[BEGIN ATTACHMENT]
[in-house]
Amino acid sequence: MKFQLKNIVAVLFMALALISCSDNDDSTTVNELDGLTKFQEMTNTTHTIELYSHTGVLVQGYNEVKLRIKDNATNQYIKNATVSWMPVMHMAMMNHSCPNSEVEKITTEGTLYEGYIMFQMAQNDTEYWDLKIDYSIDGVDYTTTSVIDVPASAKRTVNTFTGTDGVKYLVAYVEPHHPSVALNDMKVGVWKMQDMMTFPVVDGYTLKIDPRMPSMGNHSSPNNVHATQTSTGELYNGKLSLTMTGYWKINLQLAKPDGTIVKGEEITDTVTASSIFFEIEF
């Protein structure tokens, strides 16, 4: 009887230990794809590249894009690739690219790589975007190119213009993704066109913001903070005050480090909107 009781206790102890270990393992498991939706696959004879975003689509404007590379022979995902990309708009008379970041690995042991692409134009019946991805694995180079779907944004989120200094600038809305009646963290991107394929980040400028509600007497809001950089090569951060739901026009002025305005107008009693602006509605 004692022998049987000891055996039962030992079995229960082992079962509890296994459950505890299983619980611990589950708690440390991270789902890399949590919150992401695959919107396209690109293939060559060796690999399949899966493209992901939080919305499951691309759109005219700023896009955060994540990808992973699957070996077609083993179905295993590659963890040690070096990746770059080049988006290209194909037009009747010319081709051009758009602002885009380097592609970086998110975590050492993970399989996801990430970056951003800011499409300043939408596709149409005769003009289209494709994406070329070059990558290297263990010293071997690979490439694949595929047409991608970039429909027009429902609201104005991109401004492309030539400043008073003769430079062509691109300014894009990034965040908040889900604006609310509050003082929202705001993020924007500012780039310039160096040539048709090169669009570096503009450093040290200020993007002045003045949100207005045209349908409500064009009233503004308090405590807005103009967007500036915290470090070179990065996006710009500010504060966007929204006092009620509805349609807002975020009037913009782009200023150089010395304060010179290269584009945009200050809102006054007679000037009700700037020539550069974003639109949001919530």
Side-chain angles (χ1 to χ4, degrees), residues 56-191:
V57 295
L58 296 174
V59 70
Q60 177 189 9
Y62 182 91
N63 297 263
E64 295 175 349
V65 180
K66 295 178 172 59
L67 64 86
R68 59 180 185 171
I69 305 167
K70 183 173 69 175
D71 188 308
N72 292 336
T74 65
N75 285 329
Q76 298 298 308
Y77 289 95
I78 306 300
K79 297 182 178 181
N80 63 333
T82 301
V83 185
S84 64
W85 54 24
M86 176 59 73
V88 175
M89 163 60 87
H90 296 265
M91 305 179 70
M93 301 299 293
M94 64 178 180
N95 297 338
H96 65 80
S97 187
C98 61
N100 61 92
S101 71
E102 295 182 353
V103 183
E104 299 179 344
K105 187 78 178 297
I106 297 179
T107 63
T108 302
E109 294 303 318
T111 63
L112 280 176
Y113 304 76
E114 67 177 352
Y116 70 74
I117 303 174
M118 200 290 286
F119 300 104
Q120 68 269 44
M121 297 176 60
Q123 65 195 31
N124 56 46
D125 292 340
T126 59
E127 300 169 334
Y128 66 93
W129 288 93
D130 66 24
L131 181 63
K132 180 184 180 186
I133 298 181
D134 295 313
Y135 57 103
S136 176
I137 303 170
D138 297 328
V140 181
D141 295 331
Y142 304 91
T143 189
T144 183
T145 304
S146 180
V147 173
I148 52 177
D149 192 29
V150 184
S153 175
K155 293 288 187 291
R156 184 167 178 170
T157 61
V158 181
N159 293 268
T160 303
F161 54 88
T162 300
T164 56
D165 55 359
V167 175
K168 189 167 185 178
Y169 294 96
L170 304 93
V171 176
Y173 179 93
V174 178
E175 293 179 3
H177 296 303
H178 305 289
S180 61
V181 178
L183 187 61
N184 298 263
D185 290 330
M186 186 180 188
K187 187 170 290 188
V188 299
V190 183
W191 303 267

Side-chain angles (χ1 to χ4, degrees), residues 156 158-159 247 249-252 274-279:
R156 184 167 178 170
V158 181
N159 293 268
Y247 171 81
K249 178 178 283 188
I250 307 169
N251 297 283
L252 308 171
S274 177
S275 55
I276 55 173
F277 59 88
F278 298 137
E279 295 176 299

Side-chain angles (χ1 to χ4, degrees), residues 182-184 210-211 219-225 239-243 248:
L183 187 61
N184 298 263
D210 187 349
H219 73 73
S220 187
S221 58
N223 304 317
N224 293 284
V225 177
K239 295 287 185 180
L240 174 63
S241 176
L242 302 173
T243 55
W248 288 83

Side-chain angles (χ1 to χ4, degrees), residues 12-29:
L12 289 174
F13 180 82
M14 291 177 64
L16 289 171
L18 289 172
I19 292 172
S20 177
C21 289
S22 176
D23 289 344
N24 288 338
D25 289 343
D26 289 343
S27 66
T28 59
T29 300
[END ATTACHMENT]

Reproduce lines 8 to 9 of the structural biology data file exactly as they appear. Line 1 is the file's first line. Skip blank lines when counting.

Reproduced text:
Q60 177 189 9
Y62 182 91